[0009] One known type of high-density read head design including a GMR sensing layer is a spin valve read head. In this structure, at least one anti-ferromagnetic layer is formed adjacent to one of the ferromagnetic layers of the GMR sensing layer to pin the magnetization of that ferromagnetic layer such that the direction of the magnetic spin of the pinned ferromagnetic layer is fixed in the range of several tens to several hundreds Oersted (Oe) in magnetic field. On the other hand, the direction of the magnetic spin of the free ferromagnetic layer is freely varied by an external magnetic field. As a result, there can be achieved a magnetoresistance change ratio (MR ratio) of two to five percent in a small magnetic field range.

[0010] According to spin valve read head designs, the anti-ferromagnetic layer must be sufficiently sized to pin the magnetization of the pinned ferromagnetic layer. Accordingly, there is a practical limit to how thin the anti-ferromagnetic layer may be fabricated, preventing further reduction of the shield-to-shield spacing, hence limiting the linear recording density. For current spin valve and advanced spin valve head designs, the anti-ferromagnetic layer typically has a thickness greater than 15 nm. As a result, the width of the GMR element of current and advanced spin valve head designs is ordinarily 30 nm or greater, which is too wide for higher density applications, such as on the order of 100 Gbits/sq inch.

[0011] Accordingly, there exists a need for a magnetoresistive read head that has a high sensitivity to even weak magnetic fields as well as a reduced shield-to-shield spacing, thereby permitting a further increase in linear recording densities.

SUMMARY OF THE INVENTION

[0012] The present invention is directed to a magnetoresistive read head. According to one embodiment, the magnetoresistive read head includes a magnetoresistive element including a lower surface and an upper surface, wherein an electrical resistance of the magnetoresistive element varies in response to varying magnetic fields adjacent to the lower surface of the magnetoresistive element, and a magnetic element adjacent to the upper surface of the magnetoresistive element. The magnetoresistive element may be, for example, a giant magnetoresistive (GMR) element or a tunneling magnetoresistive (TMR) element.

[0013] The read head of the present invention eliminates the need for an anti-ferromagnetic film in the active region of the read sensor, which is required for the spin valve read head structure. Consequently, the read head of the present invention enables a much thinner read sensor to be utilized, leading to a much smaller shield to shield spacing in the active region, hence permitting data to be recorded more densely on a magnetic recording medium. According to one embodiment of the present invention, the read sensor may have an effective track width of less than 0.1 μm, thus permitting recording densities of, for example, 100 Gbits/sq inch. These and other benefits of the present invention will be apparent from the detailed description hereinbelow.

DESCRIPTION OF THE FIGURES

[0014] For the present invention to be clearly understood and readily practiced, the present invention will be described in conjunction with the following figures, wherein:

[0015]FIG. 1 is a cross-sectional front side view of a read head according to one embodiment of the present invention;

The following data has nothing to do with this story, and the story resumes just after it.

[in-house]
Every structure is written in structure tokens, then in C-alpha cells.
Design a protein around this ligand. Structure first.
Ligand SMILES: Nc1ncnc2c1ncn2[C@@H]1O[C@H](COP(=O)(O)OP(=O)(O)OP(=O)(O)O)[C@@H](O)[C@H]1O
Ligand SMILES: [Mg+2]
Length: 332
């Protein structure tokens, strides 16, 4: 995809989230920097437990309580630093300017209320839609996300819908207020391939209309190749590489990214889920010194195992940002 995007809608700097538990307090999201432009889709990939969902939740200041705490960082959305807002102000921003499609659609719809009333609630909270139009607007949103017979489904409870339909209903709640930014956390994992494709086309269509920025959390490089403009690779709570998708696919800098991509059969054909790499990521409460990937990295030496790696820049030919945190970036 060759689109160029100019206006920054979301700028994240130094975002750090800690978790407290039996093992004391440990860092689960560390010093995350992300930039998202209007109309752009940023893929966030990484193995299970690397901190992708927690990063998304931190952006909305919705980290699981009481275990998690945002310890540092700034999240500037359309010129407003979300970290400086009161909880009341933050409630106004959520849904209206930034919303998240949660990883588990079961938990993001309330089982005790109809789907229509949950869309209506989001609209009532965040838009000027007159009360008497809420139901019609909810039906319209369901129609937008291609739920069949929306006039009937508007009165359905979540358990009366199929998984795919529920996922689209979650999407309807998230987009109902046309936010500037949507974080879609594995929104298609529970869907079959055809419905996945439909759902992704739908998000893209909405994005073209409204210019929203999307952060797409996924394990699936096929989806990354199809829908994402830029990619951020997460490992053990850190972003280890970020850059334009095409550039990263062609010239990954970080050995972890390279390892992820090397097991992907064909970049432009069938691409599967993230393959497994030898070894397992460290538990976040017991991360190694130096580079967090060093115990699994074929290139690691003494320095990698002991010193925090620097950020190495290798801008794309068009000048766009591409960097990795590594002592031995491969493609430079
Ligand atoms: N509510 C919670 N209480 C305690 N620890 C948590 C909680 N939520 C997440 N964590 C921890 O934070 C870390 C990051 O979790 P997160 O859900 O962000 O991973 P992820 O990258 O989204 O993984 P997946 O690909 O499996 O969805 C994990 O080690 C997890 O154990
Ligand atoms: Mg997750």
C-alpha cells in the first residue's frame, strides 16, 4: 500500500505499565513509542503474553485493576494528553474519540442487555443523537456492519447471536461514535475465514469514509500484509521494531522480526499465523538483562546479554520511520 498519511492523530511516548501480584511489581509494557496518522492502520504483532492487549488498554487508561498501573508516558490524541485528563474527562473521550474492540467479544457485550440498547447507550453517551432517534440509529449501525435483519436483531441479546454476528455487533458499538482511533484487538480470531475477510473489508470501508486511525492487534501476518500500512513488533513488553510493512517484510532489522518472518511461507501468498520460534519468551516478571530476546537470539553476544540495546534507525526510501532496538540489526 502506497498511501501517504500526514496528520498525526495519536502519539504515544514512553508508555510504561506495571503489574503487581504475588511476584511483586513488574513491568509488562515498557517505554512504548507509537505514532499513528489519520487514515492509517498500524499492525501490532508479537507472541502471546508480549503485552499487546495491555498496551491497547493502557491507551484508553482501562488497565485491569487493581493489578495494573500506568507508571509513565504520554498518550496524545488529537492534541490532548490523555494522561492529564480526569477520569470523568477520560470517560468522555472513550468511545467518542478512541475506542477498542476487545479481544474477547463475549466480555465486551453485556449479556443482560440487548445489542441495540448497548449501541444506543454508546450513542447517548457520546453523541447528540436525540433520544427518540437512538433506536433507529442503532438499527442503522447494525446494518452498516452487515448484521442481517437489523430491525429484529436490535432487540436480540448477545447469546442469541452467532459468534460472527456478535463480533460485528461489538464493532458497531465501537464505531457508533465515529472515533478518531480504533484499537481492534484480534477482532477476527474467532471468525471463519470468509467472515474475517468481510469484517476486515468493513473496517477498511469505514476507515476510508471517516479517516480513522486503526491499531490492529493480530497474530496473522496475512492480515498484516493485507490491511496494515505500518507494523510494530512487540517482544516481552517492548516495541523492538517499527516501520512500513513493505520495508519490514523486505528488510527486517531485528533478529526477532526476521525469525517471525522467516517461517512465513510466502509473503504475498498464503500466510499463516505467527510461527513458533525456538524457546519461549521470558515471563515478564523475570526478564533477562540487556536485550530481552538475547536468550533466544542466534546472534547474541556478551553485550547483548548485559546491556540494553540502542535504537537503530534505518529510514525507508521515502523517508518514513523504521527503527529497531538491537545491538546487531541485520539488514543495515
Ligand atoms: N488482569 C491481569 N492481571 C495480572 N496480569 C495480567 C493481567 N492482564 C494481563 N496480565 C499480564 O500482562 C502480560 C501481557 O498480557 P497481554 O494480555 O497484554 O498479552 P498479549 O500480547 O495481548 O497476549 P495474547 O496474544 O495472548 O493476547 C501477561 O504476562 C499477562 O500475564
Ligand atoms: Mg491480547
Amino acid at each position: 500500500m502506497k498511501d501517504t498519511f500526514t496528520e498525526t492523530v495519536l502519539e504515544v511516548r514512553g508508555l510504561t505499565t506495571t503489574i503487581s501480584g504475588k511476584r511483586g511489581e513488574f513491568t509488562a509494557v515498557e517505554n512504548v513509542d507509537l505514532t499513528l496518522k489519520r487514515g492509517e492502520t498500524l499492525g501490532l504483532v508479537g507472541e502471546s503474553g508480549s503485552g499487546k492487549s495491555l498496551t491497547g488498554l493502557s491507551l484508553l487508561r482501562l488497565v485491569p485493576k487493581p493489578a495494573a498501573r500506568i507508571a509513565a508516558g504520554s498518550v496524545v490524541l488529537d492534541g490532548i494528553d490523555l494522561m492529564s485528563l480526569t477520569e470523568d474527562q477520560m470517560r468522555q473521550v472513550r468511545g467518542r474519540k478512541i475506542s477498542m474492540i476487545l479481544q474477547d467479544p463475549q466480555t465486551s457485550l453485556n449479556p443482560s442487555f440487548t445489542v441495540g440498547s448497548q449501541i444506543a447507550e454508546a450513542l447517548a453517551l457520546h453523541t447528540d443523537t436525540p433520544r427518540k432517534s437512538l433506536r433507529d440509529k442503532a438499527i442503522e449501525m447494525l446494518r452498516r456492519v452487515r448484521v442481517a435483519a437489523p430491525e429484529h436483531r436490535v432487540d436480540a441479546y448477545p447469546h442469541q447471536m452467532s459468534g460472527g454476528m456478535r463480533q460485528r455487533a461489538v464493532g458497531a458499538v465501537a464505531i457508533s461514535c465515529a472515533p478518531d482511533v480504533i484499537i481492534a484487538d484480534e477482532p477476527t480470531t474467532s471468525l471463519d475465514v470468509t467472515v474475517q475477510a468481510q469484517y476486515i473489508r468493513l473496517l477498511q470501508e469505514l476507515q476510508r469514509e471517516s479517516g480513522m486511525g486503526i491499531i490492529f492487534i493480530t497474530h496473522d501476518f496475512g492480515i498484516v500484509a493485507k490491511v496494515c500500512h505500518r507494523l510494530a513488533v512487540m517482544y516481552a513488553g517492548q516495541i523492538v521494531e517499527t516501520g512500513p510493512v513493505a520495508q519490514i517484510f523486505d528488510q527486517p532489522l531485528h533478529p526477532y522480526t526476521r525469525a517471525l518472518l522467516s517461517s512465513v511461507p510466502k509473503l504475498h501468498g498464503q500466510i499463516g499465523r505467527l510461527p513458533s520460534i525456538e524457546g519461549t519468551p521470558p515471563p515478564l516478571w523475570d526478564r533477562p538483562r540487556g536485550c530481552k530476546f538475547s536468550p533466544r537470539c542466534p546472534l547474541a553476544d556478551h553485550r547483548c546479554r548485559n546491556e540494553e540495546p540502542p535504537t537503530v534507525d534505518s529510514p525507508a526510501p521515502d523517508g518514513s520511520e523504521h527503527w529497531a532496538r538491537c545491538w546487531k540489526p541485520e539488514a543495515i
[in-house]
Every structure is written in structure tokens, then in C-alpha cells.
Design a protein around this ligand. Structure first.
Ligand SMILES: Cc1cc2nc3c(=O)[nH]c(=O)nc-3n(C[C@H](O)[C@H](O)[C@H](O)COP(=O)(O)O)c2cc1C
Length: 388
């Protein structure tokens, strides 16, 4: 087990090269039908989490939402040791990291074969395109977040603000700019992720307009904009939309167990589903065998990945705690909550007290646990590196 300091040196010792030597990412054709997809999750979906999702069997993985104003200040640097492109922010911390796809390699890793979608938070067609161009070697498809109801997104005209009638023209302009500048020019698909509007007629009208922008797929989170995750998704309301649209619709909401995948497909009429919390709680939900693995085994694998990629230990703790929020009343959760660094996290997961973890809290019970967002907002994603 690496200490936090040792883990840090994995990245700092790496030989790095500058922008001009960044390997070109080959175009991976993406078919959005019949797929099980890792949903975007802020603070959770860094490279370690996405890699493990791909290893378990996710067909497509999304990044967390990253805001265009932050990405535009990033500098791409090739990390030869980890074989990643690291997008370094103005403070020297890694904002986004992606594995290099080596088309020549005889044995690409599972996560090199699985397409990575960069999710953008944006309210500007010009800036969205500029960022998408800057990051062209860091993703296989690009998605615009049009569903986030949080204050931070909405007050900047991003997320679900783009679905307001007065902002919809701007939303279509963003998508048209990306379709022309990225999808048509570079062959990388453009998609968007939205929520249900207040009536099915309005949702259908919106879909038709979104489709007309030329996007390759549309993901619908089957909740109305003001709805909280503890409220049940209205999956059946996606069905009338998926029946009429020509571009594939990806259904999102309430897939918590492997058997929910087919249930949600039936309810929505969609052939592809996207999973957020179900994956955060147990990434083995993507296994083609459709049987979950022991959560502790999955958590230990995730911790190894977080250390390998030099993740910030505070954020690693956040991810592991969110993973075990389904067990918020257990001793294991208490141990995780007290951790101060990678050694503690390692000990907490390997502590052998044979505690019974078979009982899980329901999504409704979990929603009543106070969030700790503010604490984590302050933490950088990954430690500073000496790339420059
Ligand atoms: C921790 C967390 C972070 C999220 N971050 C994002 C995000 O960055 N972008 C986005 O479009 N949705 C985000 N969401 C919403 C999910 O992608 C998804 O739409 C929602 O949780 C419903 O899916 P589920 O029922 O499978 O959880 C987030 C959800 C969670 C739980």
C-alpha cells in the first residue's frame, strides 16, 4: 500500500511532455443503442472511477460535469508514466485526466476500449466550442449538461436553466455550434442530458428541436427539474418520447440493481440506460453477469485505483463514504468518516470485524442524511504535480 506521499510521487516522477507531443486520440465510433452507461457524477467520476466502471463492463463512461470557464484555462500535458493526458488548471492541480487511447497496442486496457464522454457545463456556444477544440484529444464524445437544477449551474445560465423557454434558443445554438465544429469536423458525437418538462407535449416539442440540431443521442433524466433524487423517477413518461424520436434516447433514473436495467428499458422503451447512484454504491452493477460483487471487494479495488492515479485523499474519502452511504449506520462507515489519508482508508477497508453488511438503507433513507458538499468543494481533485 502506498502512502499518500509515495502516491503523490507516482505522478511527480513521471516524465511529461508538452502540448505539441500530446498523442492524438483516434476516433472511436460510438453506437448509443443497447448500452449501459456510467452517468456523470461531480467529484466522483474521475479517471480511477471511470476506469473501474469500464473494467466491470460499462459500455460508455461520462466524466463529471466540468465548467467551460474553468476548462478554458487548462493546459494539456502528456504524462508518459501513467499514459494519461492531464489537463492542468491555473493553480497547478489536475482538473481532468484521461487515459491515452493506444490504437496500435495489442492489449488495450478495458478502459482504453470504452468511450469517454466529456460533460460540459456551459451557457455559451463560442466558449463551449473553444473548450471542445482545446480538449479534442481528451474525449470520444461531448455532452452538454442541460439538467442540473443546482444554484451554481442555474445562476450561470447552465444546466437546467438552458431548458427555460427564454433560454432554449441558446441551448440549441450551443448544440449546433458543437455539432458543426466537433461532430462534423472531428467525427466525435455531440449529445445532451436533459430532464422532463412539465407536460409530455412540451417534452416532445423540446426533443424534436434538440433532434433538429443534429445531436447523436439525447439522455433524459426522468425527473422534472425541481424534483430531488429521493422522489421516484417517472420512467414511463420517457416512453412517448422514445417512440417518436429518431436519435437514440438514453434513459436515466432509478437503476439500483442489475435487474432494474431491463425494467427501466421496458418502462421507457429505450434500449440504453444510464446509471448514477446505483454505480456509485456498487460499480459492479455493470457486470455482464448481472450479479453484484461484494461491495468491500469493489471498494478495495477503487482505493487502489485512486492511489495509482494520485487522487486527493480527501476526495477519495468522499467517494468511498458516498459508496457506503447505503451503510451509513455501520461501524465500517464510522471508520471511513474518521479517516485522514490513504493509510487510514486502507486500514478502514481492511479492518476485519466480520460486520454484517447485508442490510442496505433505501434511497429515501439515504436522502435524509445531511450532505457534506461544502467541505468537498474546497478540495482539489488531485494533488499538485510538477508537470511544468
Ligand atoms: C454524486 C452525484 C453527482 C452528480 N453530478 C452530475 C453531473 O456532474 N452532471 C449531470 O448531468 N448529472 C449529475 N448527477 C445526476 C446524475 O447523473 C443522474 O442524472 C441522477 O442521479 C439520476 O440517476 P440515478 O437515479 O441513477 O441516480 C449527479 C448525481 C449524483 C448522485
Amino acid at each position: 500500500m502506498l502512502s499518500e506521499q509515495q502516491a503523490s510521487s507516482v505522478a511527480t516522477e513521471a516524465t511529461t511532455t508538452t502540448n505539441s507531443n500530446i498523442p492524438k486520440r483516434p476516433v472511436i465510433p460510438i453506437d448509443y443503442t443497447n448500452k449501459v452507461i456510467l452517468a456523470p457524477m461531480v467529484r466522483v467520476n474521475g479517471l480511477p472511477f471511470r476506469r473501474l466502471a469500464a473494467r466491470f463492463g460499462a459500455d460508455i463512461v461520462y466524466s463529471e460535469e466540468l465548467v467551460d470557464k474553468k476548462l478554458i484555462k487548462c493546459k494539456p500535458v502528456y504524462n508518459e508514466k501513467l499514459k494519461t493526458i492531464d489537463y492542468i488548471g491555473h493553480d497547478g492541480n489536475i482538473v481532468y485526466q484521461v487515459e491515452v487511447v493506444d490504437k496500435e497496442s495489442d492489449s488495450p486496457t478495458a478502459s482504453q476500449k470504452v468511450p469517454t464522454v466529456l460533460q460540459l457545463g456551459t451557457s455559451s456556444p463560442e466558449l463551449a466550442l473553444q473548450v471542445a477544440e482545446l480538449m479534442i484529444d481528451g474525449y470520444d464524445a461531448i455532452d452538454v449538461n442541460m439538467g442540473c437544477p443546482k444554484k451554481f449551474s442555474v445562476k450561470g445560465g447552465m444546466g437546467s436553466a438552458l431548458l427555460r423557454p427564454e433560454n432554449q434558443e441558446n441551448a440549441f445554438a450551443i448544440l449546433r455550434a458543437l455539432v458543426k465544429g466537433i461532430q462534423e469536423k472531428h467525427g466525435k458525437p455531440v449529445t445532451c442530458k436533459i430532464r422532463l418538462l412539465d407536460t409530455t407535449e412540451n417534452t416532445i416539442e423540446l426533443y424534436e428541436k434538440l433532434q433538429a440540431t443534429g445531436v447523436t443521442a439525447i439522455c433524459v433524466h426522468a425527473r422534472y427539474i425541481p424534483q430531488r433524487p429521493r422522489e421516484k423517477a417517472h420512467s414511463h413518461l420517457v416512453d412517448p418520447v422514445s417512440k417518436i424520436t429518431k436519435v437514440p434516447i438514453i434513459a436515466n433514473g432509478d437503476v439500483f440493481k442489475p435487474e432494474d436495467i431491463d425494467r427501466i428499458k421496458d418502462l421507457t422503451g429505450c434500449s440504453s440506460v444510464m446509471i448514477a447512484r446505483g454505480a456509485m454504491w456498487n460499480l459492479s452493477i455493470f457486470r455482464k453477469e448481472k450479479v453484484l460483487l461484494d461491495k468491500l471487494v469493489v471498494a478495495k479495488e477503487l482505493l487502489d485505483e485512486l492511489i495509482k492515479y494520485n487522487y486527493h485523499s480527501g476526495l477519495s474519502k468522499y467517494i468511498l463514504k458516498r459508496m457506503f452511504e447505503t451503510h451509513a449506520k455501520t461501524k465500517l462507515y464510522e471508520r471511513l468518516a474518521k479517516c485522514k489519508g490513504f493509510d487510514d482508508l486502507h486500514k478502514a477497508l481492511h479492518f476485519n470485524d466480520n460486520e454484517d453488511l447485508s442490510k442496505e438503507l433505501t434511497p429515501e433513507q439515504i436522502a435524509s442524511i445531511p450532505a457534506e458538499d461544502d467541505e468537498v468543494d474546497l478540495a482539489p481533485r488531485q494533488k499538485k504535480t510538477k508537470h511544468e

[0016]FIG. 2 is a bottom view of the read head of FIG. 1 according to one embodiment of the present invention;

[0017]FIGS. 3a-c are diagrams illustrating the magnetizations of the ferromagnetic layers of the read head of FIGS. 1 and 2 in the active and wing regions during different conditions according to one embodiment of the present invention;

[0018]FIG. 4 is a cross-sectional front side view of a read head according to another embodiment of the present invention;

[0019]FIG. 5 is a graph of the calculated transfer curve for a read head according to one embodiment of the present invention;

[0020]FIG. 6 is a graph of the calculated read back voltage waveform for a read head according to one embodiment of the present invention;

[0021]FIG. 7 is a graph of the calculated cross-track profile for a read head according to one embodiment of the present invention;

[0022]FIG. 8 is a diagram of the magnetizations of the ferromagnetic layers in the active and wings regions of a read head according to another embodiment of the present invention;

[0023]FIG. 9 is a bottom view of a read head according to another embodiment of the present invention; and

[0024]FIG. 10 is a cross-sectional front side view of a read head according to another embodiment of the present invention.

DETAILED DESCRIPTION OF THE INVENTION

[0025] It is to be understood that the figures and descriptions of the present invention have been simplified to illustrate elements that are relevant for a clear understanding of the present invention, while eliminating, for purposes of clarity, other elements of a read head. For example, details of the read circuit are not shown herein. Those of ordinary skill in the art will recognize, however, that these and other elements may be desirable in a typical read head. However, because such elements are well known in the art, and because they do not facilitate a better understanding of the present invention, a discussion of such elements is not provided herein.

[0026] One embodiment of the read head 10 of the present invention will be described in conjunction with FIGS. 1 and 2, wherein FIG. 1 is a cross-sectional front side view of the read head 10 and FIG. 2 is a bottom view of the read head 10. The cross-sectional view of the read head 10 in FIG. 1 is taken along line I-I of FIG. 2. As seen in FIG. 2, the read head 10 may include an active region 15 and two adjacent wing regions 16. FIG. 1 is a cross-sectional view of the active region 15 of the read head 10.